Saturday, August 12, 2006

Telstra withers under the Sol

In recent weeks Telstra, and its Chief Executive, have railed against the ACCC and the Federal Government.

It is unhappy about an expected order from the ACCC to lower the prices it charges other telcos for access to its copper network. It is also unhappy about regulation of the price it wants to charge for access to its proposed FTTN (fibre-to-the-node) network.

What is FTTN? It involves fibre-optic cable being connected to a router (node) and then using existing copper wires to connect to nearby homes at very high speed. Maximum speed is about 25 Megabits/s, over short distances.

FTTN is cheaper than rolling out fibre to the home (FTTH), but media reports suggest Telstra would invest A$3 billion.

Telstra is trying to play a carrot-and-stick game with the ACCC and the Federal Government. In this game, we, the Australian people, suffer. Sol Trujillo might have been used to getting his own way at US West (a telco), but Australia has a different approach to regulation and government. For all the pressure he has exerted, he has produced the following:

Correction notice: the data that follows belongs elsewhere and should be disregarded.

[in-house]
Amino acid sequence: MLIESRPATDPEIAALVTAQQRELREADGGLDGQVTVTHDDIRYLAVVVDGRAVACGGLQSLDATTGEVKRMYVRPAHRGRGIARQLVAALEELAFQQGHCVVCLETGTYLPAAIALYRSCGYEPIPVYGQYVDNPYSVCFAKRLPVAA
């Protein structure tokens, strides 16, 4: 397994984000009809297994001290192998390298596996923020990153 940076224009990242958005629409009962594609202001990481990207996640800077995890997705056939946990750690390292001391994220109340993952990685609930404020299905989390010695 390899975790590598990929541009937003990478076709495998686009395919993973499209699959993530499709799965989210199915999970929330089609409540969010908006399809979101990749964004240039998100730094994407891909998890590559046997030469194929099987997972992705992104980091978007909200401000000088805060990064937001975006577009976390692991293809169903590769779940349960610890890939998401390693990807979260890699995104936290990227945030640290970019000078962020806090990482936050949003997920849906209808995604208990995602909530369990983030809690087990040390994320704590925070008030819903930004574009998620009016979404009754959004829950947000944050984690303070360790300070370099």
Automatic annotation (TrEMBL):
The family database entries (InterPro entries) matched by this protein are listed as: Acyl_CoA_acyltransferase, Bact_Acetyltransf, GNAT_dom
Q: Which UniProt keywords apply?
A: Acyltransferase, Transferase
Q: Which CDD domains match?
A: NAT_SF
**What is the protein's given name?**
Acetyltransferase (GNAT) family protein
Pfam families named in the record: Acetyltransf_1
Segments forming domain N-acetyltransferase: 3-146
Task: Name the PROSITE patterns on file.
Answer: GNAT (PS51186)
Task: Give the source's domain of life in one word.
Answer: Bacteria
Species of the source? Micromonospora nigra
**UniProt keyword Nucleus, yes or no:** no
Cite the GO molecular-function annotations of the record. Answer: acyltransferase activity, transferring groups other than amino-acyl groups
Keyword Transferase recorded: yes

• Falling share price
  • Falling company value (down A$16 billion)
  • Falling dividend (12% less)
  • A fat A$2.5 million bonus, on top of his salary, sign-on fee and “moving” fees, giving a total of A$8.6 million.

If Telstra Chief Executive Sol Trujillo and fellow American Phil Burgess (head of Telstra’s Public Policy & Communication division) cannot work within the legal & ethical and regulatory frameworks Australia has, they should resign. If they believe that FTTN ought to be a national infrastructure project of the Federal Government, they should say so.

Attempts to bully the ACCC and the Federal Government by Telstra should not be tolerated.

The Analyst